Divinity may not require a plan, but humanity benefits from one.
The Bible supports this idea.
A great annual plan will help you experience growth and health. That’s why the document we’re encouraging you to create isn’t really a business plan, but a ministry plan.

What do you do with your plan?

Another reason churches tend to avoid work like this is because it doesn’t appear helpful.  Preparing a sermon, serving the community, and working with people…those things feel both pastoral and useful.
Spending hours in meetings or committees creating a document that will sit in a drawer…that doesn’t feel like a great use of time, particularly when there are more important things to do.
But a simple, clear and carefully written one-page ministry plan can actually be quite useful. It can help you cast vision, raise money, and inspire volunteers to serve.
Once you have a clear and compelling one-page plan, here’s what you can do with it.

  1. Review it in meetings. If you’ve carefully laid out your current mission, identified your keystone ministries and agreed on what numbers to track, pulling out your one-page ministry plan in as many meetings as possible is a great thing. It’s a big way you keep your meetings focused on the important not just the urgent.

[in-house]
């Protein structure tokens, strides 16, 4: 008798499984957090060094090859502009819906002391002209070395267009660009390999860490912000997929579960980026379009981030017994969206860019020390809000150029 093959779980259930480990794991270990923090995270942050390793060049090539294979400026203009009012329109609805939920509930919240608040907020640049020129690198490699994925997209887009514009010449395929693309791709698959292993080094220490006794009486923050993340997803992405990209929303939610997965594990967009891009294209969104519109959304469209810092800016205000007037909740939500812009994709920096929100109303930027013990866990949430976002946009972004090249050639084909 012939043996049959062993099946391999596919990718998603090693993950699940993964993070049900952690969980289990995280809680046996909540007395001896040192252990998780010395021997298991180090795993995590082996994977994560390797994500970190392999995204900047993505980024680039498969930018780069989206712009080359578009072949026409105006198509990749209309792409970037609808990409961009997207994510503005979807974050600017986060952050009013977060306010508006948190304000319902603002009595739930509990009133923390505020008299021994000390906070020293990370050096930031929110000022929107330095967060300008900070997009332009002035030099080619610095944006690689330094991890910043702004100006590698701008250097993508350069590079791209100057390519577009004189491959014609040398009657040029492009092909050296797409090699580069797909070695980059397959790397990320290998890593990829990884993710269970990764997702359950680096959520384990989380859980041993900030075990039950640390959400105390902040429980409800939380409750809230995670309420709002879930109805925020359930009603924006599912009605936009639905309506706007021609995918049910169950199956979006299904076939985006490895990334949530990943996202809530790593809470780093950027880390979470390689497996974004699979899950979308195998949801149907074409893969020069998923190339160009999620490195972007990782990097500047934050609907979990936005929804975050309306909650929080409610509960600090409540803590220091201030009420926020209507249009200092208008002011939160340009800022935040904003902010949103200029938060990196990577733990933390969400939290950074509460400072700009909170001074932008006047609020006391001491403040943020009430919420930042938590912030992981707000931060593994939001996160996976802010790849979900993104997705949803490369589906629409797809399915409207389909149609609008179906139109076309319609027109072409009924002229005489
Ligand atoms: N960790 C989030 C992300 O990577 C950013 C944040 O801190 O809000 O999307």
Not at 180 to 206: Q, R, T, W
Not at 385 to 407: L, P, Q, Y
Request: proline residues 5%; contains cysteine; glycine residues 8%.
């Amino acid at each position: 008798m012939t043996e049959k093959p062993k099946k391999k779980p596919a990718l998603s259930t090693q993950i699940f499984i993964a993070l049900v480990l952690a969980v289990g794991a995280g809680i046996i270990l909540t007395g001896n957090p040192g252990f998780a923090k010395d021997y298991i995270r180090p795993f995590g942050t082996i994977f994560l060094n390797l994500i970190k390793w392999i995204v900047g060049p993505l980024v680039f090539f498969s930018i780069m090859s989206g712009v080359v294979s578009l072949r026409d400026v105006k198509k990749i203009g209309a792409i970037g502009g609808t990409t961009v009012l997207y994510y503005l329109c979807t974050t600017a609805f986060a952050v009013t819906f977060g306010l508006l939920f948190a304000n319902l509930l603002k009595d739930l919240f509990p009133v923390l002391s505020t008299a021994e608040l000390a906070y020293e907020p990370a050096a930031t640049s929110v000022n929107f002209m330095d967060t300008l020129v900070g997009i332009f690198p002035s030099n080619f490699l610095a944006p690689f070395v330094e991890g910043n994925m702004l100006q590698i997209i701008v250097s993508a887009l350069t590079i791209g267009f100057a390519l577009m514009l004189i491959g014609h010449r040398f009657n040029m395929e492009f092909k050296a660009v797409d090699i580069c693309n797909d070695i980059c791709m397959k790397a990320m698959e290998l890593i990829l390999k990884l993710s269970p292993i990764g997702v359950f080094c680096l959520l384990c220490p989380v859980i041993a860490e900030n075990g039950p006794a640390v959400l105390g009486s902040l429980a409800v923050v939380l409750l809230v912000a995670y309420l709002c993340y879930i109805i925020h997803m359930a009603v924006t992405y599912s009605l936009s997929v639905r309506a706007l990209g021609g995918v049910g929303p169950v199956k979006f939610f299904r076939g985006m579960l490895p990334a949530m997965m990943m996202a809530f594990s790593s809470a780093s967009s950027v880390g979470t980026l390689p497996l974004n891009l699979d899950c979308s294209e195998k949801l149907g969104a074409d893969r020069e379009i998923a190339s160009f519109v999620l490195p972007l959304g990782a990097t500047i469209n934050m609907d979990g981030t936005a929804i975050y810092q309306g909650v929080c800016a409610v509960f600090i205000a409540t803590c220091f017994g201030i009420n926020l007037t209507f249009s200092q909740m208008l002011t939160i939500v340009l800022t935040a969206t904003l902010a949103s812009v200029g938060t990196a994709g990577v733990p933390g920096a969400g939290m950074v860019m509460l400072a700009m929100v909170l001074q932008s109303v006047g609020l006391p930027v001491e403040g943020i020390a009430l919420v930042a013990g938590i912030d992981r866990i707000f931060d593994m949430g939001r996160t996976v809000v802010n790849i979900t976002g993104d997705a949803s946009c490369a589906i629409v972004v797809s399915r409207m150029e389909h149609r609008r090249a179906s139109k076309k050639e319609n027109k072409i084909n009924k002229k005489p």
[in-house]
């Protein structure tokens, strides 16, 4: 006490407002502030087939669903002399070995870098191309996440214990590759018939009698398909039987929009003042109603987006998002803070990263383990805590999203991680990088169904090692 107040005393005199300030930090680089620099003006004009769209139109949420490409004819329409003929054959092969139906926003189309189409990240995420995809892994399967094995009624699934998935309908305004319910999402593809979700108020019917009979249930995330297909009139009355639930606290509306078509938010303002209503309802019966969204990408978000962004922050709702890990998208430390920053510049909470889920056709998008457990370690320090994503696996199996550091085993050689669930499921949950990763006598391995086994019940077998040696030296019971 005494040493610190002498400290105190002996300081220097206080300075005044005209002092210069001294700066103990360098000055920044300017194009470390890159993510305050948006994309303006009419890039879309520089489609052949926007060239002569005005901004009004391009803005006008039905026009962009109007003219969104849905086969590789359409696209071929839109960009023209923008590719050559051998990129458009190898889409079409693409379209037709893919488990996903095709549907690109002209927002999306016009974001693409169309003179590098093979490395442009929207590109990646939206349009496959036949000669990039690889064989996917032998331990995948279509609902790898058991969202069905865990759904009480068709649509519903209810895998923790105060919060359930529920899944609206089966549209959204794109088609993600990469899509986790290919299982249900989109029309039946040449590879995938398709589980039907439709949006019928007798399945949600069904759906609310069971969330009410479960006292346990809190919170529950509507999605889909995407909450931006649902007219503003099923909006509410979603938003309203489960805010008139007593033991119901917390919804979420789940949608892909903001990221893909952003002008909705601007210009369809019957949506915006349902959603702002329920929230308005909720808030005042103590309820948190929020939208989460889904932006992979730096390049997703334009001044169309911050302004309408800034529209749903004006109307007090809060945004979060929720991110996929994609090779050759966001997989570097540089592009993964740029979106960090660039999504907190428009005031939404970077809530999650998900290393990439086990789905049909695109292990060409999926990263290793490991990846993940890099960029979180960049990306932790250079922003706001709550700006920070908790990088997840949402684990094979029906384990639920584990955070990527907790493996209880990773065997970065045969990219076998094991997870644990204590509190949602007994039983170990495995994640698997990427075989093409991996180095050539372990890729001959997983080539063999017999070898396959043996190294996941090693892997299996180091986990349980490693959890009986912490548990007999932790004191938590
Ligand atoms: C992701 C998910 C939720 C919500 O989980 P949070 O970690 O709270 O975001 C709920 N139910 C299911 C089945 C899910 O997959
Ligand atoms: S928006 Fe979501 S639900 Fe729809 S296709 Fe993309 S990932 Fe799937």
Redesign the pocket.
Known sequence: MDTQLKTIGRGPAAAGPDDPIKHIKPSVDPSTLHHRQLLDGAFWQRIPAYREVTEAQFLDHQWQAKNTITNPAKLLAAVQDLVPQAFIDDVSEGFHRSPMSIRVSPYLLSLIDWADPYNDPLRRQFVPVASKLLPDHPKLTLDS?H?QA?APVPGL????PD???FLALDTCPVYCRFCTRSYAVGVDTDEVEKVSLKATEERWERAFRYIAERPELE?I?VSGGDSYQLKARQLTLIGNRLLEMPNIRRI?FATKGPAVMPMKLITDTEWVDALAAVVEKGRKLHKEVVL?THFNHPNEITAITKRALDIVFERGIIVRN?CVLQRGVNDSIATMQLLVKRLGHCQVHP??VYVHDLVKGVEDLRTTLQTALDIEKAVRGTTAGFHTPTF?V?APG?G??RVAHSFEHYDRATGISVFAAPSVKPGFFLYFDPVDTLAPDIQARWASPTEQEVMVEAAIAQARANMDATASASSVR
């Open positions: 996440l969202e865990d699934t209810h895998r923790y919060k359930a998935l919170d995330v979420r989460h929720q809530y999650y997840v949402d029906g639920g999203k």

2. Use your one-page plan in staff and ministry evaluations. If your one-page plan describes who you are and what you do, using it when talking about job performance keeps those conversations from focusing too much on feelings.
  3. Build graphics. Take parts of your one-page plan and turn them into computer background images for your staff and key leaders. Keep the important things in front of you, literally.
  4. Use it to develop a weekly scorecard. A great plan indicates what numbers you will track, so build this out in a scorecard you review regularly.
  5. Send it to first-time donors. When people give money to your church for the first time, send them a digital copy of your one-page plan. Let them know they are funding an organization that has a deep sense of purpose that will impact eternity but also an organization that has a current-world plan that is sustainable.
  6. Give it to new members. Again, show people they are joining a family that has an important but timely mission.

If the idea of planning sounds like it could help your church, you're not alone.  Hundreds of churches are gaining clarity around all kinds of issues…who to hire next, what programs to start or cancel, how to measure effectiveness, how to lead a church to change.
Planning, along with prayer, leadership, faith, and a host of other things, can help you lead your church to healthy growth.  If you're interested in using our Two Page Plan to build your own ministry plan, learn more here.